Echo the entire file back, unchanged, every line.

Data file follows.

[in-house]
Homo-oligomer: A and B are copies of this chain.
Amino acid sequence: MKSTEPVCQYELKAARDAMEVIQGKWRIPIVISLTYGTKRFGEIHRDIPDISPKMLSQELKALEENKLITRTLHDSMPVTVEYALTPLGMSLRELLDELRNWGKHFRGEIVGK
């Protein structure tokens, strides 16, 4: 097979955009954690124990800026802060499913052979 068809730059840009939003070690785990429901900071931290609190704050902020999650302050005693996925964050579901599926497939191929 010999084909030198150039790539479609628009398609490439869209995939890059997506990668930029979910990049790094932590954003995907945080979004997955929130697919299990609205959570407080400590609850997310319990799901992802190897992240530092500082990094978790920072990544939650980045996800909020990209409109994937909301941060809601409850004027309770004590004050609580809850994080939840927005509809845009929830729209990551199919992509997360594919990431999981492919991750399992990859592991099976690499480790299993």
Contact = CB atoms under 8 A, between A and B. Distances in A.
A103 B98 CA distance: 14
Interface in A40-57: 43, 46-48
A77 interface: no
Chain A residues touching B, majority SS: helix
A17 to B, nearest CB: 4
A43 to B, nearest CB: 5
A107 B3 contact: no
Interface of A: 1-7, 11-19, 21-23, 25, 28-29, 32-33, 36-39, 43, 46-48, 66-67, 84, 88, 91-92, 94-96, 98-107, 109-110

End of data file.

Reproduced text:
[in-house]
Homo-oligomer: A and B are copies of this chain.
Amino acid sequence: MKSTEPVCQYELKAARDAMEVIQGKWRIPIVISLTYGTKRFGEIHRDIPDISPKMLSQELKALEENKLITRTLHDSMPVTVEYALTPLGMSLRELLDELRNWGKHFRGEIVGK
């Protein structure tokens, strides 16, 4: 097979955009954690124990800026802060499913052979 068809730059840009939003070690785990429901900071931290609190704050902020999650302050005693996925964050579901599926497939191929 010999084909030198150039790539479609628009398609490439869209995939890059997506990668930029979910990049790094932590954003995907945080979004997955929130697919299990609205959570407080400590609850997310319990799901992802190897992240530092500082990094978790920072990544939650980045996800909020990209409109994937909301941060809601409850004027309770004590004050609580809850994080939840927005509809845009929830729209990551199919992509997360594919990431999981492919991750399992990859592991099976690499480790299993």
Contact = CB atoms under 8 A, between A and B. Distances in A.
A103 B98 CA distance: 14
Interface in A40-57: 43, 46-48
A77 interface: no
Chain A residues touching B, majority SS: helix
A17 to B, nearest CB: 4
A43 to B, nearest CB: 5
A107 B3 contact: no
Interface of A: 1-7, 11-19, 21-23, 25, 28-29, 32-33, 36-39, 43, 46-48, 66-67, 84, 88, 91-92, 94-96, 98-107, 109-110